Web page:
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The NYT Implies that Not Prosecuting JPMorgan Proves DOJ’s Vigor

By William K. Black
(Crossposted at Benzinga.com)

 

No one expects Andrew Ross Sorkin’s slavish “Deal Book” lackeys to demand that the elite Wall Street bankers whose frauds drove the financial crisis be imprisoned, but the slavishness to the banks revealed when major news stories emerge continues to irritate if not surprise.  A recent embarrassment can be found here.

The “Deal Book” Spinmeisters

The context of the NYT article was the expected settlement between DOJ, various states, and JPMorgan.  The spin comes fast and hard, which would be great in cricket (or quarks) but, sadly, exemplifies the national paper of record’s “Deal Book” devotional pages.  The “Deal Book” shows that cricket masters can impart very different spins.  The first substantive paragraph’s spin is to minimize JPMorgan’s fraud.

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Sorkin’s Paradox: Elite Bank Officers are “Worse” than “Repugnant” but Never Criminal

By William K. Black

This is the third installment in my Sorkin Saga.  The saga was prompted by Andrew Ross Sorkin’s (ARS) video in which he “outed” himself as the leader of an undercover effort by the journalists of the New York Time’s “Dealbook” and CNBC to discover and “out” the “criminal element” among the elite bankers.  Here is the key passage from his video.

“If there’s one question that I get just about more than any other, ‘So why didn’t anybody go to jail, and did nobody try?’ And there’s an answer to that too.

A lot of people had an incentive to try to find a way to bring not justice, but to put people away.  Prosecutors, law enforcement, journalists; it would have been a better story.  But for the last five years we’ve tried, all of us have tried, to find that criminal element.  And while things happened that were upsetting and frustrating and unethical and immoral sadly, it may not have been criminal.”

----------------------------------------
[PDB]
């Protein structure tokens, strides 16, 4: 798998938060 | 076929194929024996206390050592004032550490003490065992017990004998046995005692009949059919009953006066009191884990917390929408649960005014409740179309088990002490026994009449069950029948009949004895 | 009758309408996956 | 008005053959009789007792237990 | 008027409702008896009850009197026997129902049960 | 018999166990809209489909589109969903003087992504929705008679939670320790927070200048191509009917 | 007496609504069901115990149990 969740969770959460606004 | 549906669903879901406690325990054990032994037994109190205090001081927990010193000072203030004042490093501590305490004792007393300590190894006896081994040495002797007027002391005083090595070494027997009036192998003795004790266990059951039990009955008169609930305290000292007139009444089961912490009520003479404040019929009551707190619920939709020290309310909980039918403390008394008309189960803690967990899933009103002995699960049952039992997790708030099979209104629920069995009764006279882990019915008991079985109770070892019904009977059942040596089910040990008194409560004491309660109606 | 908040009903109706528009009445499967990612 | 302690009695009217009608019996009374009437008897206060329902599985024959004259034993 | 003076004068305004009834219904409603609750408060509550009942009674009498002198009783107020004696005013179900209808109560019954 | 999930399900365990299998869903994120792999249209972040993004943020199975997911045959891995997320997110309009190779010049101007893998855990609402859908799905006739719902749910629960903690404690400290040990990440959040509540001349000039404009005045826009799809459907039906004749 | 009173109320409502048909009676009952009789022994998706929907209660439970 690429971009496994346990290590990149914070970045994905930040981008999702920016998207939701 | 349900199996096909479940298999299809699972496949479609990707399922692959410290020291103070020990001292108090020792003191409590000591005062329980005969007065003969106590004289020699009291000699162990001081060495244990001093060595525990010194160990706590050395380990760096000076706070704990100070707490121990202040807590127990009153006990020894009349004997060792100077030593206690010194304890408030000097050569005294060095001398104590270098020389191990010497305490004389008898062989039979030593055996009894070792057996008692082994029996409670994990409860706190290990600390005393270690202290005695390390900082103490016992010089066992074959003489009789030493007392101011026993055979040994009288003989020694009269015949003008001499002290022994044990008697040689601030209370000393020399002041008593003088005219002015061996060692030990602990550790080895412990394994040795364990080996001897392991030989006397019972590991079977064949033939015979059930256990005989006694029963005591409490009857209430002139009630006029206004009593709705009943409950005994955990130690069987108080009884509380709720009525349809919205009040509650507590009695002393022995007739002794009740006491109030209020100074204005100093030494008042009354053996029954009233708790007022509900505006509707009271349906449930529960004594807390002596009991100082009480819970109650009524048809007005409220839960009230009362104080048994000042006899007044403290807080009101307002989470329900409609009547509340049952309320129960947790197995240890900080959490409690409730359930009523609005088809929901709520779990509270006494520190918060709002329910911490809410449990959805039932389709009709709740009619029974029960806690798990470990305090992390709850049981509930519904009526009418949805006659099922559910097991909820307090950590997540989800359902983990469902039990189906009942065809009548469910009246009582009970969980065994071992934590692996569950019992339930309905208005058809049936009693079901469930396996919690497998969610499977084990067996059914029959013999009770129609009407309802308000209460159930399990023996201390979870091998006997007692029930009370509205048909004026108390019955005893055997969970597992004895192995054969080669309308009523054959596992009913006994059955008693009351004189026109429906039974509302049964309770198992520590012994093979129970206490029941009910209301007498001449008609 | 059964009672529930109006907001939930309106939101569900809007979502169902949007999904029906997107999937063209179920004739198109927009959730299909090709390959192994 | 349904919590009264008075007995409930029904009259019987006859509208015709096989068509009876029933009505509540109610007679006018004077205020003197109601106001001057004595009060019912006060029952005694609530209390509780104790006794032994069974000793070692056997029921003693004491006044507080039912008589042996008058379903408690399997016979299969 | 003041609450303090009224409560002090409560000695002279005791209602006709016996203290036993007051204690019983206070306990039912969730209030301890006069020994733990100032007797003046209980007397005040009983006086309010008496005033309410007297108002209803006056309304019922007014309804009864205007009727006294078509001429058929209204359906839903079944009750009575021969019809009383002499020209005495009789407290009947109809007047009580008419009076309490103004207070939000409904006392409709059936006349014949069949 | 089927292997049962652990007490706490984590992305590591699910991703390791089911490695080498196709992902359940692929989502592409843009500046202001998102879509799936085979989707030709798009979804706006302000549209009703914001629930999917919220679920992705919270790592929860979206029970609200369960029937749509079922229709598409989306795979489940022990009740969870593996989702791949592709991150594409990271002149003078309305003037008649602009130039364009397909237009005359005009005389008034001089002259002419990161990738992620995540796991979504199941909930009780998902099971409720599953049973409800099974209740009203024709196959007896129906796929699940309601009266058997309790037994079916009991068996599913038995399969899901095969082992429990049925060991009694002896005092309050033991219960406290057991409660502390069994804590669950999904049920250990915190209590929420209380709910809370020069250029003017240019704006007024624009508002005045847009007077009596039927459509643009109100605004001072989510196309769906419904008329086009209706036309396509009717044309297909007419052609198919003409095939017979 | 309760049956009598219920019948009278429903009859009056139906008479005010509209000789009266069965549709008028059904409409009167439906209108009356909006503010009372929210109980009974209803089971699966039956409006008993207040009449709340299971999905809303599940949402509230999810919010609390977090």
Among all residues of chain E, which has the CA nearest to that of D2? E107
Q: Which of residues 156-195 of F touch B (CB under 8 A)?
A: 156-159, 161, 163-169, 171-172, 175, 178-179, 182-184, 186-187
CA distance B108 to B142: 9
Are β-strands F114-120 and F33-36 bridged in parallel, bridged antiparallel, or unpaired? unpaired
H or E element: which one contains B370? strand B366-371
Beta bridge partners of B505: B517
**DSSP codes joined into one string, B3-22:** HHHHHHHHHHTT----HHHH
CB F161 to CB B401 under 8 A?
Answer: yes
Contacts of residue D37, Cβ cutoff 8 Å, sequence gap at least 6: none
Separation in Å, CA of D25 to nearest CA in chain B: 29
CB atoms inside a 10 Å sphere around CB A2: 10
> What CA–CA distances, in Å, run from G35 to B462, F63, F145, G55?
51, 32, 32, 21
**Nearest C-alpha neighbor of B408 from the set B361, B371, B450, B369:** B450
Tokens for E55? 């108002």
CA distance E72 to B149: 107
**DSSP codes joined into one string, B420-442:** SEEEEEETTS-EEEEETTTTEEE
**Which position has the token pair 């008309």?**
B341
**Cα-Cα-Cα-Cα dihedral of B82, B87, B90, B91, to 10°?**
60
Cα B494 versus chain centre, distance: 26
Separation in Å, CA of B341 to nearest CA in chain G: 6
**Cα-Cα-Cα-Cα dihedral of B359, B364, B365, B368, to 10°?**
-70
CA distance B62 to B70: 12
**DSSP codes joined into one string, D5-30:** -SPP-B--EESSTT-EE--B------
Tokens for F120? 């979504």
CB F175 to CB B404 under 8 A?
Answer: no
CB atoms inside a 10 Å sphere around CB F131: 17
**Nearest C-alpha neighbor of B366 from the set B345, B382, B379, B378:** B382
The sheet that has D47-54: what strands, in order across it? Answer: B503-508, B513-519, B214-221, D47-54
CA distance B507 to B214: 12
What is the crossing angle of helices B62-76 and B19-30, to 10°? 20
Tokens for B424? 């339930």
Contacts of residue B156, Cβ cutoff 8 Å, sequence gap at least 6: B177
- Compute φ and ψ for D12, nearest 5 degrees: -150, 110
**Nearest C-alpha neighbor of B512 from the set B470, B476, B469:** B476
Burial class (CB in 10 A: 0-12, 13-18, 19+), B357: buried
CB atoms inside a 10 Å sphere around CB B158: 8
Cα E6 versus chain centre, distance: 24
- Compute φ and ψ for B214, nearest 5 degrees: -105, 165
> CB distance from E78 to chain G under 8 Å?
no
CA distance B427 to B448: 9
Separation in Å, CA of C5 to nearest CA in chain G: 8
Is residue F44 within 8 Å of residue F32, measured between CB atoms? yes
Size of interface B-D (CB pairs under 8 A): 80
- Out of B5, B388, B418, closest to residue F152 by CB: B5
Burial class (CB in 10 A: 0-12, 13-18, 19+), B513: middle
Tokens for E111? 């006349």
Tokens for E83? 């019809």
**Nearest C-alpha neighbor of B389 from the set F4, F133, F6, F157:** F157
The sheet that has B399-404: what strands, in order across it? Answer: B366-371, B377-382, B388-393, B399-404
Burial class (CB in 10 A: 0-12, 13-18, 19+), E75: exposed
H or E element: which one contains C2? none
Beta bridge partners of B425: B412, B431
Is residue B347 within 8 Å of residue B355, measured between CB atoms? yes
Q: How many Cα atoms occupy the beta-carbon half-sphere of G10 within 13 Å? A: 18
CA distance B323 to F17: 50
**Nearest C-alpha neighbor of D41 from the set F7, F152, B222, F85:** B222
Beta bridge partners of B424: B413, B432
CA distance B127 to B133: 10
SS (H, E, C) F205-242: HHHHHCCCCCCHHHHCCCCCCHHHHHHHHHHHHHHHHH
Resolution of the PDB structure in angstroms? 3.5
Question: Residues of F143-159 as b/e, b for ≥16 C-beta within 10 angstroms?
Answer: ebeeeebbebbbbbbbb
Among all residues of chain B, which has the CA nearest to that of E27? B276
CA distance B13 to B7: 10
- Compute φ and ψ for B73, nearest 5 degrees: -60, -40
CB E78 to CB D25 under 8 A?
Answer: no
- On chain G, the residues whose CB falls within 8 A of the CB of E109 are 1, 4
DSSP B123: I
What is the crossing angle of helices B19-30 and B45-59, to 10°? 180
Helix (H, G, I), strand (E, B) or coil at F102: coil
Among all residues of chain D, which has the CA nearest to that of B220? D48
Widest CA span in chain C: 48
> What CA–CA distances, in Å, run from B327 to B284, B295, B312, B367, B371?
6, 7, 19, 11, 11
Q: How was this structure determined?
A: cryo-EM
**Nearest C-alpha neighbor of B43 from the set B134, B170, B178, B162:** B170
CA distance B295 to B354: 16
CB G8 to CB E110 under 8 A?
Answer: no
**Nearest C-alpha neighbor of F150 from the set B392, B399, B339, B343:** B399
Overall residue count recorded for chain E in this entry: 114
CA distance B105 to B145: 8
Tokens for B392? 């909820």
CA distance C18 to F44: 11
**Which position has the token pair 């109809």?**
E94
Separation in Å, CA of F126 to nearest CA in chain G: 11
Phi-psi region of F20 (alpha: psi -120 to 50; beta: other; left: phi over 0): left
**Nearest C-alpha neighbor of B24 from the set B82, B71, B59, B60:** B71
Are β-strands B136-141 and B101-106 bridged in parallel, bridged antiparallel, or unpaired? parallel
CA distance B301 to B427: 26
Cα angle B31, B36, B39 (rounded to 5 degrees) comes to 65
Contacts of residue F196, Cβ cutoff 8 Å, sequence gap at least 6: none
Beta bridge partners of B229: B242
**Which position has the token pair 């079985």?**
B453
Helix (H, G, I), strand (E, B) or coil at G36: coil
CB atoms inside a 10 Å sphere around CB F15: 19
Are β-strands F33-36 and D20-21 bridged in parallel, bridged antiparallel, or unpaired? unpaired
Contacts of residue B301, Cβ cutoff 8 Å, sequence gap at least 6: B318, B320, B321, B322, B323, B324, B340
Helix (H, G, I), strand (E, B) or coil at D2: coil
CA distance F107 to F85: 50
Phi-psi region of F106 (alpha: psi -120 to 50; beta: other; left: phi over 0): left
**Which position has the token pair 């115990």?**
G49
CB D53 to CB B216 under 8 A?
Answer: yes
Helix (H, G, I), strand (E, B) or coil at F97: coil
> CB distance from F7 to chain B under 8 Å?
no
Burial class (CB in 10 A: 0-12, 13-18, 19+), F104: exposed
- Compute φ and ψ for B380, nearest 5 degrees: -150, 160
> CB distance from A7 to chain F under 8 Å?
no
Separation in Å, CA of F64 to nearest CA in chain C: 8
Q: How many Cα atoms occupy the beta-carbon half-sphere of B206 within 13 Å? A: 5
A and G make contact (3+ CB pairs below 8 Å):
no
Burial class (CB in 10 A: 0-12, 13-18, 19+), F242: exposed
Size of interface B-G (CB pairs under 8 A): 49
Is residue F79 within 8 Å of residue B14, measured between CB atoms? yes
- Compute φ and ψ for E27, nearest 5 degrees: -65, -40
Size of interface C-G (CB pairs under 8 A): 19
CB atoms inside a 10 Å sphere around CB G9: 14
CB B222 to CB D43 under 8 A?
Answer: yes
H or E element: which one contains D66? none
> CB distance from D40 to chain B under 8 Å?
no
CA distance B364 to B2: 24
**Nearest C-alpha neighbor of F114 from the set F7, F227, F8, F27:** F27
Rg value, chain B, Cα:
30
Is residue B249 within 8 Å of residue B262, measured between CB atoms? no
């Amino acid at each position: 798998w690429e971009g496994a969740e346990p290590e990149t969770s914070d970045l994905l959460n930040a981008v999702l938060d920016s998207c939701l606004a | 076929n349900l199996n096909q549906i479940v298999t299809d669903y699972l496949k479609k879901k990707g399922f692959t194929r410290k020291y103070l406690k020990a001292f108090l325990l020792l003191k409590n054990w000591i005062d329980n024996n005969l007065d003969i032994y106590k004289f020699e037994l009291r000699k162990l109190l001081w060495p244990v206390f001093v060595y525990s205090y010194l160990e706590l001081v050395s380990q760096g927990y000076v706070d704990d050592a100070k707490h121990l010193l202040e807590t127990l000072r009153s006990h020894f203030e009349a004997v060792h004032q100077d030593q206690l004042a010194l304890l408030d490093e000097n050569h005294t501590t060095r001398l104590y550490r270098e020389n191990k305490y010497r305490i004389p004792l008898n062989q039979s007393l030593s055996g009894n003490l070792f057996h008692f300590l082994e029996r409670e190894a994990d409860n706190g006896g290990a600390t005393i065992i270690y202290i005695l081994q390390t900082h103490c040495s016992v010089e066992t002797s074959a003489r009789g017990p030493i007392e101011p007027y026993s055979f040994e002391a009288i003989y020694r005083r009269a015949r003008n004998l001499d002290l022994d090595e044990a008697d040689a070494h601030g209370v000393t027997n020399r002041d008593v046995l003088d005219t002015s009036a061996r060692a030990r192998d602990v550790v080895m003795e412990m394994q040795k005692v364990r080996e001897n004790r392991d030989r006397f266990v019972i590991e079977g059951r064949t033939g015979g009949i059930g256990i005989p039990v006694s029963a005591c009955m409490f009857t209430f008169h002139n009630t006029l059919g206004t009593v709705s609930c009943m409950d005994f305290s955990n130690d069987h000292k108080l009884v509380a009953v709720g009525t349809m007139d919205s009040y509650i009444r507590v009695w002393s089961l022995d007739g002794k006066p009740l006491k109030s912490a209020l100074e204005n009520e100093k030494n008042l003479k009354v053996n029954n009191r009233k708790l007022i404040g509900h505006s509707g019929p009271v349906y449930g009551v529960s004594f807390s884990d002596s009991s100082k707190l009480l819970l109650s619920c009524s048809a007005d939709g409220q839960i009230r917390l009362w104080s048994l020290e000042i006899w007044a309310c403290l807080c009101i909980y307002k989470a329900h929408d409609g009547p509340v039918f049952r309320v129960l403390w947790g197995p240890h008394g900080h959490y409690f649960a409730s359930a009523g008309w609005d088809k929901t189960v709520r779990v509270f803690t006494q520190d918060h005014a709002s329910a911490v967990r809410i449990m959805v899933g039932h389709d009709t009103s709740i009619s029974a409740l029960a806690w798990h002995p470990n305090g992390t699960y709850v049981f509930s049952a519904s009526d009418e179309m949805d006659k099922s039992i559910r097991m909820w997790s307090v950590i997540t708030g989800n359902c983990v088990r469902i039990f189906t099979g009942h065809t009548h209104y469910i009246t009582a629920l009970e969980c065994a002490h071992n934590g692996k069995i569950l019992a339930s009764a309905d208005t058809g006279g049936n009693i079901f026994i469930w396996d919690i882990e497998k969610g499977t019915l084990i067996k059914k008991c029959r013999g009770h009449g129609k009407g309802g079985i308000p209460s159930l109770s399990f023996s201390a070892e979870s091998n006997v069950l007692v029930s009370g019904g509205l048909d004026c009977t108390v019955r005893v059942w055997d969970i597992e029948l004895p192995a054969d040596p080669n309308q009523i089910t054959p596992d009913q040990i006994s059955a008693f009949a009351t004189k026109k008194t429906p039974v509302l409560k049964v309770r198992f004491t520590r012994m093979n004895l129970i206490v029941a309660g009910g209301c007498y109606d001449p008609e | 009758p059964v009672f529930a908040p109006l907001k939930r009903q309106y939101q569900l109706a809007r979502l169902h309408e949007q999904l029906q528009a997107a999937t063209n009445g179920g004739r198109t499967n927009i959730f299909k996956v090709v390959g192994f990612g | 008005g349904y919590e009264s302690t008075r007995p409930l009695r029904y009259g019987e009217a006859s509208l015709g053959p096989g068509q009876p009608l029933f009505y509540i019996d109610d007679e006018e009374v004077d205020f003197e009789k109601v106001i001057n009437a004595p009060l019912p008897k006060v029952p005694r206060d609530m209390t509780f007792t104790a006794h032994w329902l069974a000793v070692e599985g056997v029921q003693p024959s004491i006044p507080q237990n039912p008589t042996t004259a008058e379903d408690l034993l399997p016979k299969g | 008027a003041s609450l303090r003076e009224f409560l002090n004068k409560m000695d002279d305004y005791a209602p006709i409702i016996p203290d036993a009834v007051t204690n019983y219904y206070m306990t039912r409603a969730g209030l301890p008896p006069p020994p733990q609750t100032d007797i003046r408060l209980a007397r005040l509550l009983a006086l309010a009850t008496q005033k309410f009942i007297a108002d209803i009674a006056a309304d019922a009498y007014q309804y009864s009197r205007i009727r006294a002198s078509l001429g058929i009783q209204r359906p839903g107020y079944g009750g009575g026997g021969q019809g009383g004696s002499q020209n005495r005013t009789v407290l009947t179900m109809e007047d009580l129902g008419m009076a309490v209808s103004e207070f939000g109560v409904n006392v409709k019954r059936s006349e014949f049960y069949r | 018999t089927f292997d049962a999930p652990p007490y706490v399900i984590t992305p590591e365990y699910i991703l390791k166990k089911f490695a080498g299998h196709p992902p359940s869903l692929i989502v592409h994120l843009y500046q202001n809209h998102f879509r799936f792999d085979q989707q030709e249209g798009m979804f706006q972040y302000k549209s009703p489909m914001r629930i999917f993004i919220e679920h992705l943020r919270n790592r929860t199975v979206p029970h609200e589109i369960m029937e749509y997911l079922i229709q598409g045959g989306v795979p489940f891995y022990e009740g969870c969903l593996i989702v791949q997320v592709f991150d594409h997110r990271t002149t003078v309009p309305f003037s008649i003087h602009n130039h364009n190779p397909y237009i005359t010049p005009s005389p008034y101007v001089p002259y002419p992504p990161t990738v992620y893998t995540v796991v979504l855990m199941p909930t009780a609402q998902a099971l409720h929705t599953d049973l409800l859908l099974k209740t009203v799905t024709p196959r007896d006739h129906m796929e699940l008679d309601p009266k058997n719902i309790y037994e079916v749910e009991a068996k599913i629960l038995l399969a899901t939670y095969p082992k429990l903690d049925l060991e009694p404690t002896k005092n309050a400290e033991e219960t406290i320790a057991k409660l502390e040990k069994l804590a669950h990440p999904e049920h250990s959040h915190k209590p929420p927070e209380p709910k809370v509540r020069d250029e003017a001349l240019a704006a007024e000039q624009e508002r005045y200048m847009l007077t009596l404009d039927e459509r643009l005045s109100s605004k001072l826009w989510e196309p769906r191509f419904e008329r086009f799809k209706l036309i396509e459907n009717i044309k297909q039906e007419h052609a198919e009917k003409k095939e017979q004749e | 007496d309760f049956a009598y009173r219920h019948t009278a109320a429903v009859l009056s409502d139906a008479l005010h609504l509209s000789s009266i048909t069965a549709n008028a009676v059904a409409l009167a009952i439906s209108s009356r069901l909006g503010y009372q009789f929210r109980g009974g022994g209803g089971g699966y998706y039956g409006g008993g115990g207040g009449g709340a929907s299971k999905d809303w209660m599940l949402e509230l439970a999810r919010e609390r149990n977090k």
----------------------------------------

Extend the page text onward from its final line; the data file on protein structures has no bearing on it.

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The Divine Right of Bankers: Sorkin Proves Baroness Orczy Correct

By William K. Black

In yesterday’s column I discussed the fact that Andrew Ross Sorkin (ARS) of the New York Times and CNBC has unmasked himself in a video entitled “Two Myths and One Reality” as the scourge of Wall Street who had worked tirelessly for five years to find the “criminal element” that caused the financial crisis.

“If there’s one question that I get just about more than any other, ‘So why didn’t anybody go to jail, and did nobody try?’ And there’s an answer to that too.

A lot of people had an incentive to try to find a way to bring not justice, but to put people away.  Prosecutors, law enforcement, journalists; it would have been a better story.  But for the last five years we’ve tried, all of us have tried, to find that criminal element.”

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The “Lessons” that Wall Street, Treasury, and the White House Need You to Believe Five Years After the Collapse of Lehman Brothers

By Robert E. Prasch
Department of Economics
Middlebury College

Five long years have passed since the demise of the once venerable firm of Lehman Brothers. To mark the occasion, Wall Street, the United States Treasury Department, the White House, and their several political proxies and spokespersons have taken to the mass media to instruct the public in the “lessons” to be drawn from the financial crisis of 2007-09. Regrettably, we are witnessing the propagation of several self-serving falsehoods in the hope that the public can be induced to embrace them now that the immediacy of the events in question is in the past. Some of the lessons are so flagrantly false that they demand immediate correction.

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NEP’s William Black appears on HuffPost Live

The legal culture of big-time settlements can short-circuit the law, protecting wrongdoers from punishment, trial or even an admission of guilt. That’s just what the government has done for the major banks implicated in sweeping mortgage fraud. Is it too late to rectify the big banks role in the housing and financial crisis? Bill and other panelists speak with Alyona Minkovski on this subject.